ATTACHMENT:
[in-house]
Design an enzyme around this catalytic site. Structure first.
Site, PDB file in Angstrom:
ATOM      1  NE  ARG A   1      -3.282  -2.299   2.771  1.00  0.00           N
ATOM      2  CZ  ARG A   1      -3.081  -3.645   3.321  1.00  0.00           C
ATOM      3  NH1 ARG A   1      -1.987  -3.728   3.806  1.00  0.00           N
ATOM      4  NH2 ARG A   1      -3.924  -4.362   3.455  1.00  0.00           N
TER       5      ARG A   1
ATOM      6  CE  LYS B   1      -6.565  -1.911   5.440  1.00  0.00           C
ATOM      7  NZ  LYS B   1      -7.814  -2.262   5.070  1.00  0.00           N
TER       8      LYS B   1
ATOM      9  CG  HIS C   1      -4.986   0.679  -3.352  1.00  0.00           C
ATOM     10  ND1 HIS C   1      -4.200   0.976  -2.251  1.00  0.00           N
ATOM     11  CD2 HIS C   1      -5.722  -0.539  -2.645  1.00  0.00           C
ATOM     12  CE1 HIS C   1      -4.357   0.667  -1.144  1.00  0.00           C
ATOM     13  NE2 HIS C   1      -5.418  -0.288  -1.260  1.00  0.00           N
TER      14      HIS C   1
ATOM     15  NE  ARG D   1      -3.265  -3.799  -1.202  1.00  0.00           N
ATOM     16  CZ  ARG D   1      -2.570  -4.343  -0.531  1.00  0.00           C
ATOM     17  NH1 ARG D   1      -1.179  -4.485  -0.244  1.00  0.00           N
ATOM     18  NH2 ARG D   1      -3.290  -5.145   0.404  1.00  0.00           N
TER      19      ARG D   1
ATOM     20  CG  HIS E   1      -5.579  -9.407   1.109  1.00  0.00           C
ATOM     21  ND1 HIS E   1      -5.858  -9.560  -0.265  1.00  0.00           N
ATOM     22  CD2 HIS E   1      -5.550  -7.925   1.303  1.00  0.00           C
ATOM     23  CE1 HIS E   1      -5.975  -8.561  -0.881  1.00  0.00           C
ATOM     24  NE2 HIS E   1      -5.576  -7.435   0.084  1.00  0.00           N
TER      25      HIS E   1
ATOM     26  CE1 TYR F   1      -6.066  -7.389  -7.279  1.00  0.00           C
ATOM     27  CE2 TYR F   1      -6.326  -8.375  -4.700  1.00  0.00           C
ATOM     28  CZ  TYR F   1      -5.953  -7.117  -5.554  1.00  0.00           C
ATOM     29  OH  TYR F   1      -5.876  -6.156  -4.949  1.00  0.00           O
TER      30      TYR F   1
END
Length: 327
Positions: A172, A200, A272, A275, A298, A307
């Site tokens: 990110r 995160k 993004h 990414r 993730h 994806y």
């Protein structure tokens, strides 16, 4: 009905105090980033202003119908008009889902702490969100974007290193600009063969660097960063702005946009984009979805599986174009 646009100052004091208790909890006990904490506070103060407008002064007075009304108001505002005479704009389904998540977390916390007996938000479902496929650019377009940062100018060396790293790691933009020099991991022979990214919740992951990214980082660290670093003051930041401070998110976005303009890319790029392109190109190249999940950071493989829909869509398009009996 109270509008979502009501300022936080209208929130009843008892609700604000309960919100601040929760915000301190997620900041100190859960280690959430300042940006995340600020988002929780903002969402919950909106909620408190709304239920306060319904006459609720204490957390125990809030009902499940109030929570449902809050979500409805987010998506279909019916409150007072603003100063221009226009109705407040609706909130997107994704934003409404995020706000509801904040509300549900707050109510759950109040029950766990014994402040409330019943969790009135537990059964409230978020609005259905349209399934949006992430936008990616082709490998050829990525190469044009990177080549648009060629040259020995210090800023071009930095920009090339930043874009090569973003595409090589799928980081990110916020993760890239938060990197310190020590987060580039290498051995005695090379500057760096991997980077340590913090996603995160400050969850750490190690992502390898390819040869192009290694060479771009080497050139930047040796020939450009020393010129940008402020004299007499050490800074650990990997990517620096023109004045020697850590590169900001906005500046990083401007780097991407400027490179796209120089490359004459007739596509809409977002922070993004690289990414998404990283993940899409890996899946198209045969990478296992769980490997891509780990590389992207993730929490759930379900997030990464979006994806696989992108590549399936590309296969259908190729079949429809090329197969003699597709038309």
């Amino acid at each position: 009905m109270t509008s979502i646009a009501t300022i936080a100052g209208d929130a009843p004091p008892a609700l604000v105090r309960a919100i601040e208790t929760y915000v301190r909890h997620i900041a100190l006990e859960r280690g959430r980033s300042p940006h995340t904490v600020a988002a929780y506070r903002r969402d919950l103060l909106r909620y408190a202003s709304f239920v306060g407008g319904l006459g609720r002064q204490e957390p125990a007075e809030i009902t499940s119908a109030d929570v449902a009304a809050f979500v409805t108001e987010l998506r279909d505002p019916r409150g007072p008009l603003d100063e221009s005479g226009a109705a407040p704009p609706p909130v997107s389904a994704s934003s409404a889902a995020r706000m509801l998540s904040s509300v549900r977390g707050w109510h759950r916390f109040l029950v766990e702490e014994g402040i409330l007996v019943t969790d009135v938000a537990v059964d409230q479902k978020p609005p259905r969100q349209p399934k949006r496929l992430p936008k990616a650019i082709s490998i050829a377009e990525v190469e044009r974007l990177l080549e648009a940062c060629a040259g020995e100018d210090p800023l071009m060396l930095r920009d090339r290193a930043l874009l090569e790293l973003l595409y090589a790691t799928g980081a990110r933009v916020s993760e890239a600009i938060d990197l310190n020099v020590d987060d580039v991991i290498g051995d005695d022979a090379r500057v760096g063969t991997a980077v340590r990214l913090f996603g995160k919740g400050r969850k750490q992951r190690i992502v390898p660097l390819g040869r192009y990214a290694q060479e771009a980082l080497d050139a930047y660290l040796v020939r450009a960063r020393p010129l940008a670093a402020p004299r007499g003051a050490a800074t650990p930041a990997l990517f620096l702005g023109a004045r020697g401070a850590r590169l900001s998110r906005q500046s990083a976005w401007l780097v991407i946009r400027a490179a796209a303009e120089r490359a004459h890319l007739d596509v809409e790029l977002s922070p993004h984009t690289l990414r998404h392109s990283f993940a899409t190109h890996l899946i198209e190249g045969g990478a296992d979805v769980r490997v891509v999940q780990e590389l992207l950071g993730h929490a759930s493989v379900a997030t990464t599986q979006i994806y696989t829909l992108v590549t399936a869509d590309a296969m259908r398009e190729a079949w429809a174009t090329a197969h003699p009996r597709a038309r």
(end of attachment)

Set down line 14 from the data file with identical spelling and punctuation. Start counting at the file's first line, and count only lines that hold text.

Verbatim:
ATOM     11  CD2 HIS C   1      -5.722  -0.539  -2.645  1.00  0.00           C